CANBERRA (Reuters) - Australia committed to long-term plans to buy up to 100 Lockheed Martin Corp F-35 Joint Strike Fighters as part of its new defense strategy on Friday, easing concerns about the future of the controversial fighter from a major foreign buyer.
Canberra, a close U.S. ally, would also buy 12 Boeing Co EA-18G electronic attack planes, modified versions of the 24 Super Hornets already equipping Australia’s air force, as a stopgap until the F-35 is delivered.
Defence Minister Stephen Smith announced the decisions as he released a new defense white paper, which is the first reassessment of Australia’s military priorities since 2009, and since the U.S. pivot to the Asia-Pacific, which included U.S. marine rotations through northern Australia.
“This important decision will assure a first-class air combat capability for Australia through the transition period to the Joint Strike Fighter (F-35), which will proceed on its current schedule,” Smith said.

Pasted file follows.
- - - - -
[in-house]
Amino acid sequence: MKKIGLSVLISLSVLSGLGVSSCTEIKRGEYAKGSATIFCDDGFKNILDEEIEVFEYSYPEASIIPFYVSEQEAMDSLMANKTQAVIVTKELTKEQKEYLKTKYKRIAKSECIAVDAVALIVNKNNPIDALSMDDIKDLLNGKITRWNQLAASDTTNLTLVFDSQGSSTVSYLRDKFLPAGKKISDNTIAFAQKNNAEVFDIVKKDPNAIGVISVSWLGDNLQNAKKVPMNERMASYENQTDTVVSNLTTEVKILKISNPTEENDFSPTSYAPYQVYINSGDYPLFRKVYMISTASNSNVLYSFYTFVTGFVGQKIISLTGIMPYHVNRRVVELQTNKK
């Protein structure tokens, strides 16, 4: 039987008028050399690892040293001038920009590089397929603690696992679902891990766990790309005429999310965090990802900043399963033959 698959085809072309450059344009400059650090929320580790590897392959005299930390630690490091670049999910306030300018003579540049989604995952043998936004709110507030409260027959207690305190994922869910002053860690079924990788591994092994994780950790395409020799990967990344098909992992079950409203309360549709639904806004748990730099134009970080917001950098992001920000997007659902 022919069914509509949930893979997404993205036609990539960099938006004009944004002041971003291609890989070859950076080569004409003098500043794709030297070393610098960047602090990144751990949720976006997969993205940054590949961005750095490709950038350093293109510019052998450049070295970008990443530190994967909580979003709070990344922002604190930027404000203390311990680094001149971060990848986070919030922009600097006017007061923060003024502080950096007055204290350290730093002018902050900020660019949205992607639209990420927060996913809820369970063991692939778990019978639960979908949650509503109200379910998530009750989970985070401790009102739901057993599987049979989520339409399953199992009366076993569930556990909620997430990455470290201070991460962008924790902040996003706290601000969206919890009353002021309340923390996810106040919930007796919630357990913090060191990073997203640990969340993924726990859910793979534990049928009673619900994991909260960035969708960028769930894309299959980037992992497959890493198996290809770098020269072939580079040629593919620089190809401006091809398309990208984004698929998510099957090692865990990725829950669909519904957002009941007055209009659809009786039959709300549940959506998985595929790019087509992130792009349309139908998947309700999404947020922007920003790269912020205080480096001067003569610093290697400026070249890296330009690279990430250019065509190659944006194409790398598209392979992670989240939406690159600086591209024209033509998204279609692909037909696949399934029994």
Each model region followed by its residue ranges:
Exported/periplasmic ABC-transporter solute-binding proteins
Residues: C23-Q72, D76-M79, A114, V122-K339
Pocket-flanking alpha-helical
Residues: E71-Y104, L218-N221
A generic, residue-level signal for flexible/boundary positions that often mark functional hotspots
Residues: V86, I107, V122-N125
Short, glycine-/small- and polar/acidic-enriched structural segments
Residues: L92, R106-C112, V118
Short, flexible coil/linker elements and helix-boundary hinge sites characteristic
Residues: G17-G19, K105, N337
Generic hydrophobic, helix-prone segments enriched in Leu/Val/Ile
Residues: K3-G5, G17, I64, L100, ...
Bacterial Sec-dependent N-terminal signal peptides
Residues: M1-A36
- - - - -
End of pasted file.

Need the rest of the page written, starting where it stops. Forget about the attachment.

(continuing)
Australia’s first two F-35s are due in 2014-15.
Canberra’s decision reinforces positive steps for the F-35, coming on the heels of a decision by Norway to buy six F-35s a year earlier than planned, and the Dutch parliament’s decision not to reassess F-35 rivals to replace aging F-16s, despite cost overruns and development delays.
Australia decided to stick with the F-35, initially buying 14 F-35s, followed by three operational F-35 squadrons, of around 75 planes, with the first squadron in service from 2020.
The government also holds the option of buying a further 25 F-35s from 2030, to replace the Super Hornets when they are withdrawn from service, bringing the total of F-35s to 100.
The paper makes no commitment to build a fourth advanced air warfare destroyer, part-built by BAE Systems and Spain’s Navantia, but opts to replace two ageing supply ships.
Smith also said the government would proceed with plans for 12 new conventional submarines but he ruled out buying the submarines off the shelf, opting instead for new designs to be built in Australia.
With Prime Minister Julia Gillard’s minority Labor government under pressure to find Budget savings to respond to collapsing revenues, Australia’s net defense budget has contracted to around 1.56 percent of GDP, or A$24.2 billion. As a percentage, spending is at the lowest level since 1938.
The new white paper makes no commitments on defense spending, but says the government remains committed to a target to increase defense funding to 2.0 percent of GDP, but when the economic circumstances allow.
Additional reporting by Rob Taylor; Editing by Paul Tait and Michael Perry